Why Does My Betta Fish Have a Big Belly?
The normal size of a betta stomach is as small as its eyeball. If you have noticed a more prominent big belly on your betta, it might be concerning. Don’t worry, a big betta fish belly is not always bad news. Below are some of the most common reasons your betta may have a bigger belly than it is supposed to.
A betta fish that is eating more than required will have a constant big belly. If you are feeding the fish more than required or more frequently than recommended, then the fish will have a bloated stomach. This can also lead to a lot of different health issues like gastrointestinal problems. If you are not sure how much to feed your betta fish, assess the fish’s body condition before making a plan.
Bloat and Constipation
Ideally, the normal shape of a betta stomach is round. However, a bloated betta fish will look like it swallowed a marble. If your betta has a big belly, it might mean it is bloated. There are several common signs that a fish is bloated and constipated.
Most common symptoms include lack of appetite, lethargy, side swimming, and floating or sinking. Moreover, a bloated betta will not have regular bowel movements. Prolonged bloating and constipation clog the duct and can lead to secondary problems like swim bladder problems.
Pregnant Betta Fish
Pregnancy is another reason why your betta fish may have a bigger belly than normal. If your betta is female and full of eggs, she will have a large belly. Most females have a buildup of eggs when they are preparing to lay eggs and mate with males. The eggs result in an enlarged belly, which is very normal.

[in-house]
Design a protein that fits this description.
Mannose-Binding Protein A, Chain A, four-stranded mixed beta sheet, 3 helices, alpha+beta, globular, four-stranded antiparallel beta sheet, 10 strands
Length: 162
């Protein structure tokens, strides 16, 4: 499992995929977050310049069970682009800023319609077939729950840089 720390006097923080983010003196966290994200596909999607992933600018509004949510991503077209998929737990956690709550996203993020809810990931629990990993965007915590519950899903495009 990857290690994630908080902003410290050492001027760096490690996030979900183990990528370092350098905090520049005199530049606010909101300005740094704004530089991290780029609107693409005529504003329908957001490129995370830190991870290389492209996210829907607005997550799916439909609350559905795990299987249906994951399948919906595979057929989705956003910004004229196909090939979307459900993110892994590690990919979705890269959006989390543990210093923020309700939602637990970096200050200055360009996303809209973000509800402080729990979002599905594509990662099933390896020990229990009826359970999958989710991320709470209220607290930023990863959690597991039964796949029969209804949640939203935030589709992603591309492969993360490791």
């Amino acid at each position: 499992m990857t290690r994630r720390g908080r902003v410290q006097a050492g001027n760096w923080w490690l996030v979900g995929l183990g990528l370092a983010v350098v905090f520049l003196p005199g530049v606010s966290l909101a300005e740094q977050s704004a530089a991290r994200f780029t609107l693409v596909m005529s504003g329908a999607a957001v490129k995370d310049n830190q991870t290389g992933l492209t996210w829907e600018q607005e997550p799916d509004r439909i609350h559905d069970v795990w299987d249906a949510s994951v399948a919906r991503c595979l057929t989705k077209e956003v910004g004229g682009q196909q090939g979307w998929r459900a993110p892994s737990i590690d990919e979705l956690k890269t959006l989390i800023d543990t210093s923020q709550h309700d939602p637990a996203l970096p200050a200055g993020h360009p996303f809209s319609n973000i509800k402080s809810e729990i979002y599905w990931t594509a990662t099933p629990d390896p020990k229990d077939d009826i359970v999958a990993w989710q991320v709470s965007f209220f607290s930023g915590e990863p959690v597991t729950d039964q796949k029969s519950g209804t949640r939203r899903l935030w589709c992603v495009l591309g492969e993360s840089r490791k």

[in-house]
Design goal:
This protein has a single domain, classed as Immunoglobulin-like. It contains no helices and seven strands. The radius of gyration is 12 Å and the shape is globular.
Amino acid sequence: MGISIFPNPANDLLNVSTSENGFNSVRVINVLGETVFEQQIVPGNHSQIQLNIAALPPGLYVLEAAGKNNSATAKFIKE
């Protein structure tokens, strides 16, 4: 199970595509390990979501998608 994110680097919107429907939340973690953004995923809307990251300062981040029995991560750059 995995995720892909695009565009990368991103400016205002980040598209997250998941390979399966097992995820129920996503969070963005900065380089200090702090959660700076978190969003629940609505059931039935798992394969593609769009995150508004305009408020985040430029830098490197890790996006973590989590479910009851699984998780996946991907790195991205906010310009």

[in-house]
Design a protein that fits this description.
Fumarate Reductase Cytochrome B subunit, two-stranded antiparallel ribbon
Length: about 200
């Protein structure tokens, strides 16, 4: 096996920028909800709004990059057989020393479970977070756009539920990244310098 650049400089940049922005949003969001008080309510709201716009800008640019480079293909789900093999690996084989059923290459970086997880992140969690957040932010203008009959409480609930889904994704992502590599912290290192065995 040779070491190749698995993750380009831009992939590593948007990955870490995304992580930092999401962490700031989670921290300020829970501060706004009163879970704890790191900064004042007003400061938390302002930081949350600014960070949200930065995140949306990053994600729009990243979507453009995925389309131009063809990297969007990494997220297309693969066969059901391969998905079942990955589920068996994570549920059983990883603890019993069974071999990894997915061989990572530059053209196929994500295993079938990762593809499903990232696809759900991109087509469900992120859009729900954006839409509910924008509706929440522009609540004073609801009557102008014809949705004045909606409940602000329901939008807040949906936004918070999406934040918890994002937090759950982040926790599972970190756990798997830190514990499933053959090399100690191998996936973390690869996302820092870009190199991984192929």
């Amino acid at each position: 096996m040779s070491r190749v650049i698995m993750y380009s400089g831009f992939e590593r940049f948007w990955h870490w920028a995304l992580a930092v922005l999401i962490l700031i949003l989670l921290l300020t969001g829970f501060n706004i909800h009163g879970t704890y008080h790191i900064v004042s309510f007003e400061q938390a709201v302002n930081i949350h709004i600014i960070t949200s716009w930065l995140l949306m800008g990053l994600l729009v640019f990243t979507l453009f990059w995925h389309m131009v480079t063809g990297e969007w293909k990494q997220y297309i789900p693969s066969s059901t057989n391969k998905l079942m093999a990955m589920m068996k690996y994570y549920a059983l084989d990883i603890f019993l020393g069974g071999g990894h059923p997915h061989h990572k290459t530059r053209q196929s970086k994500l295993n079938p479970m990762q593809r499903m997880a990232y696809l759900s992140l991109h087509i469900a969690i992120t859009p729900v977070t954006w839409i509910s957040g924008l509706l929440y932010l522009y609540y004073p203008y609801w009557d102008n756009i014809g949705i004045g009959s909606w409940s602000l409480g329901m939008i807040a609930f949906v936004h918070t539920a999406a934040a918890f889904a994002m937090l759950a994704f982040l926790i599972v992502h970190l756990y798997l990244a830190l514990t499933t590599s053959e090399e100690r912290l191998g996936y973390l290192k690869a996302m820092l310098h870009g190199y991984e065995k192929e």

Pregnancy and bloating on betta fishes look quite similar. To confirm whether your fish is pregnant or bloated you need to check first whether the fish is a female. Female bettas have white vertical stripes. Plus, you will notice a little white dot or tube on the belly through which eggs are released.
Your betta might have a bigger belly because of a tumor. Even though this is rare, it happens. In the case of a tumor, the bloating is due to a visibly bulging tumor. Unfortunately, tumors in Betta fish usually have fatal outcomes. Sooner or later, a betta fish with a tumor in its belly will die.
How to Fix and Prevent Betta Fish Stomach Bloating?
Thankfully, stomach bloating is a treatable condition if caught early. Fast your betta fish for two to three days until bloating reduces or you notice defecation, then adjust the fish’s diet accordingly. Focus on shrimp or fish meal pellets and avoid giving foods with fillers. Soak the food for 10 minutes in tank water before feeding.
Change the water regularly and add one teaspoon of Epsom salt per gallon of tank water. Repeat this until the fish is asymptomatic but not more than 10 days.
You could steer clear of all of these hassles if you simply avoid overfeeding your fish in the first place. Keeping the water clean by changing it regularly is also quite important for a betta to thrive. Moreover, removing any uneaten food after feeding will help prevent bloating and constipation.
Even though bettas have stomachs, the organ is petite and delicate. It is important to take note of what a betta fish can be fed and how much it can eat. Betta fishes are omnivores that eat limited dietary fiber. Overfeeding can lead to a hoard of health concerns such as bloating and constipation. When identified early, these are reversible problems but it is best to avoid them altogether by taking preventive measures.